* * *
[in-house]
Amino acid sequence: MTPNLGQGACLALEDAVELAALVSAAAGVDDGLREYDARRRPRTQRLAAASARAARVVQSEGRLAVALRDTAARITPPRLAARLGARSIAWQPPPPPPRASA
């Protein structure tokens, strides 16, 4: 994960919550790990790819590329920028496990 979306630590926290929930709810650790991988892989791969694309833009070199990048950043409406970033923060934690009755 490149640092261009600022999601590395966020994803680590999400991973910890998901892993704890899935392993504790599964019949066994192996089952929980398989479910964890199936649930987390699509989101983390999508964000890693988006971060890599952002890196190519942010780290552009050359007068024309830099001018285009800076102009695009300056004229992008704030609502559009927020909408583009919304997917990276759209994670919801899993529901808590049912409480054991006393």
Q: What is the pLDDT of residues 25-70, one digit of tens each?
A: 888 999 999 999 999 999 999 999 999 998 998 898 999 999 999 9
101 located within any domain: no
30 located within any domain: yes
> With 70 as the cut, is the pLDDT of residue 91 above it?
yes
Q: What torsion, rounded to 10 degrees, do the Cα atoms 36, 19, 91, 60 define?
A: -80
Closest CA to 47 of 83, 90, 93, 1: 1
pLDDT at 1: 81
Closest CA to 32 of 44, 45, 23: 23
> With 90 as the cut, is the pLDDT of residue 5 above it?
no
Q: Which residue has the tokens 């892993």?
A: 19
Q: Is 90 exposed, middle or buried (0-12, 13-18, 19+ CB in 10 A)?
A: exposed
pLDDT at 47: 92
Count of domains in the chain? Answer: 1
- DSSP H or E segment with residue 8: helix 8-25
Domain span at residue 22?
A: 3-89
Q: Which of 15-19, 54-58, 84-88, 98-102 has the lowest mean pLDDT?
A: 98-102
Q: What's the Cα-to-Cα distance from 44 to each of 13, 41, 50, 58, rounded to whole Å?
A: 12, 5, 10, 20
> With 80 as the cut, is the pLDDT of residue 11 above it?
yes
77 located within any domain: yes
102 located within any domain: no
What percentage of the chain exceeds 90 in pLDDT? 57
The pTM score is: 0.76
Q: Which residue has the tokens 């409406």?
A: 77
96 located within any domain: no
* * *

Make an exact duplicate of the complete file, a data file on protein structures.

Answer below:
[in-house]
Amino acid sequence: MTPNLGQGACLALEDAVELAALVSAAAGVDDGLREYDARRRPRTQRLAAASARAARVVQSEGRLAVALRDTAARITPPRLAARLGARSIAWQPPPPPPRASA
């Protein structure tokens, strides 16, 4: 994960919550790990790819590329920028496990 979306630590926290929930709810650790991988892989791969694309833009070199990048950043409406970033923060934690009755 490149640092261009600022999601590395966020994803680590999400991973910890998901892993704890899935392993504790599964019949066994192996089952929980398989479910964890199936649930987390699509989101983390999508964000890693988006971060890599952002890196190519942010780290552009050359007068024309830099001018285009800076102009695009300056004229992008704030609502559009927020909408583009919304997917990276759209994670919801899993529901808590049912409480054991006393």
Q: What is the pLDDT of residues 25-70, one digit of tens each?
A: 888 999 999 999 999 999 999 999 999 998 998 898 999 999 999 9
101 located within any domain: no
30 located within any domain: yes
> With 70 as the cut, is the pLDDT of residue 91 above it?
yes
Q: What torsion, rounded to 10 degrees, do the Cα atoms 36, 19, 91, 60 define?
A: -80
Closest CA to 47 of 83, 90, 93, 1: 1
pLDDT at 1: 81
Closest CA to 32 of 44, 45, 23: 23
> With 90 as the cut, is the pLDDT of residue 5 above it?
no
Q: Which residue has the tokens 């892993």?
A: 19
Q: Is 90 exposed, middle or buried (0-12, 13-18, 19+ CB in 10 A)?
A: exposed
pLDDT at 47: 92
Count of domains in the chain? Answer: 1
- DSSP H or E segment with residue 8: helix 8-25
Domain span at residue 22?
A: 3-89
Q: Which of 15-19, 54-58, 84-88, 98-102 has the lowest mean pLDDT?
A: 98-102
Q: What's the Cα-to-Cα distance from 44 to each of 13, 41, 50, 58, rounded to whole Å?
A: 12, 5, 10, 20
> With 80 as the cut, is the pLDDT of residue 11 above it?
yes
77 located within any domain: yes
102 located within any domain: no
What percentage of the chain exceeds 90 in pLDDT? 57
The pTM score is: 0.76
Q: Which residue has the tokens 């409406």?
A: 77
96 located within any domain: no